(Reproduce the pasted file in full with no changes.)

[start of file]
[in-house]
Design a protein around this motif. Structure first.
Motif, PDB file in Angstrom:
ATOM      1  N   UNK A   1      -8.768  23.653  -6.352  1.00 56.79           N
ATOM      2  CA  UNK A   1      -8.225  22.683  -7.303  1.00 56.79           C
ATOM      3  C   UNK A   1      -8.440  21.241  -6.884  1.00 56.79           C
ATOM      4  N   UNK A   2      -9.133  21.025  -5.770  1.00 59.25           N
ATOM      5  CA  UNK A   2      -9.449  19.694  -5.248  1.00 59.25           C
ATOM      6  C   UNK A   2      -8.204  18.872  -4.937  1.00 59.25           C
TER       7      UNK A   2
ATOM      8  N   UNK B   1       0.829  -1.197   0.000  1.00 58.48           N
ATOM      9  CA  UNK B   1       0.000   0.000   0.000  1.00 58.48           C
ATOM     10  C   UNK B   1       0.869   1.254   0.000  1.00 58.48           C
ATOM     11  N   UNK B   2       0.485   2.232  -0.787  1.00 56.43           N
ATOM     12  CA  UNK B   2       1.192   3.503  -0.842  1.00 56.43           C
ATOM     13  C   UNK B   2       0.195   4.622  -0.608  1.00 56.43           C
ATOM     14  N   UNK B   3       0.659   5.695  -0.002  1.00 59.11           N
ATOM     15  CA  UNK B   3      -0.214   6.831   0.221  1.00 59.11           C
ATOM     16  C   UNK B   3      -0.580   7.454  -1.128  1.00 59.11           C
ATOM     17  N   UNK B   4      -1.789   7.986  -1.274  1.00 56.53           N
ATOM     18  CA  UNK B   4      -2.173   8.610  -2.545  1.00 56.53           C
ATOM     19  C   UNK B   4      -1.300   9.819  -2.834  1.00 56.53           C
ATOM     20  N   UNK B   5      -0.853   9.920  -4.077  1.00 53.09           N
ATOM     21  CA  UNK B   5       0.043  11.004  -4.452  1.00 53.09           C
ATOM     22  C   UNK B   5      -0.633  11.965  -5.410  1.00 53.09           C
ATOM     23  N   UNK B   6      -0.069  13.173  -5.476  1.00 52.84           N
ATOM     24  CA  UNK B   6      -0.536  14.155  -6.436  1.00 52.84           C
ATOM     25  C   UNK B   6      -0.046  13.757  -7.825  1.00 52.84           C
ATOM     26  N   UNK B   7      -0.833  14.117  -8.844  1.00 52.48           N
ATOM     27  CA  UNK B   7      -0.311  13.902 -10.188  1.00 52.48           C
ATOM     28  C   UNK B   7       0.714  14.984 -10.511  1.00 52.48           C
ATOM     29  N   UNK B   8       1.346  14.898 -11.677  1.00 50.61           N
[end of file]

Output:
[in-house]
Design a protein around this motif. Structure first.
Motif, PDB file in Angstrom:
ATOM      1  N   UNK A   1      -8.768  23.653  -6.352  1.00 56.79           N
ATOM      2  CA  UNK A   1      -8.225  22.683  -7.303  1.00 56.79           C
ATOM      3  C   UNK A   1      -8.440  21.241  -6.884  1.00 56.79           C
ATOM      4  N   UNK A   2      -9.133  21.025  -5.770  1.00 59.25           N
ATOM      5  CA  UNK A   2      -9.449  19.694  -5.248  1.00 59.25           C
ATOM      6  C   UNK A   2      -8.204  18.872  -4.937  1.00 59.25           C
TER       7      UNK A   2
ATOM      8  N   UNK B   1       0.829  -1.197   0.000  1.00 58.48           N
ATOM      9  CA  UNK B   1       0.000   0.000   0.000  1.00 58.48           C
ATOM     10  C   UNK B   1       0.869   1.254   0.000  1.00 58.48           C
ATOM     11  N   UNK B   2       0.485   2.232  -0.787  1.00 56.43           N
ATOM     12  CA  UNK B   2       1.192   3.503  -0.842  1.00 56.43           C
ATOM     13  C   UNK B   2       0.195   4.622  -0.608  1.00 56.43           C
ATOM     14  N   UNK B   3       0.659   5.695  -0.002  1.00 59.11           N
ATOM     15  CA  UNK B   3      -0.214   6.831   0.221  1.00 59.11           C
ATOM     16  C   UNK B   3      -0.580   7.454  -1.128  1.00 59.11           C
ATOM     17  N   UNK B   4      -1.789   7.986  -1.274  1.00 56.53           N
ATOM     18  CA  UNK B   4      -2.173   8.610  -2.545  1.00 56.53           C
ATOM     19  C   UNK B   4      -1.300   9.819  -2.834  1.00 56.53           C
ATOM     20  N   UNK B   5      -0.853   9.920  -4.077  1.00 53.09           N
ATOM     21  CA  UNK B   5       0.043  11.004  -4.452  1.00 53.09           C
ATOM     22  C   UNK B   5      -0.633  11.965  -5.410  1.00 53.09           C
ATOM     23  N   UNK B   6      -0.069  13.173  -5.476  1.00 52.84           N
ATOM     24  CA  UNK B   6      -0.536  14.155  -6.436  1.00 52.84           C
ATOM     25  C   UNK B   6      -0.046  13.757  -7.825  1.00 52.84           C
ATOM     26  N   UNK B   7      -0.833  14.117  -8.844  1.00 52.48           N
ATOM     27  CA  UNK B   7      -0.311  13.902 -10.188  1.00 52.48           C
ATOM     28  C   UNK B   7       0.714  14.984 -10.511  1.00 52.48           C
ATOM     29  N   UNK B   8       1.346  14.898 -11.677  1.00 50.61           N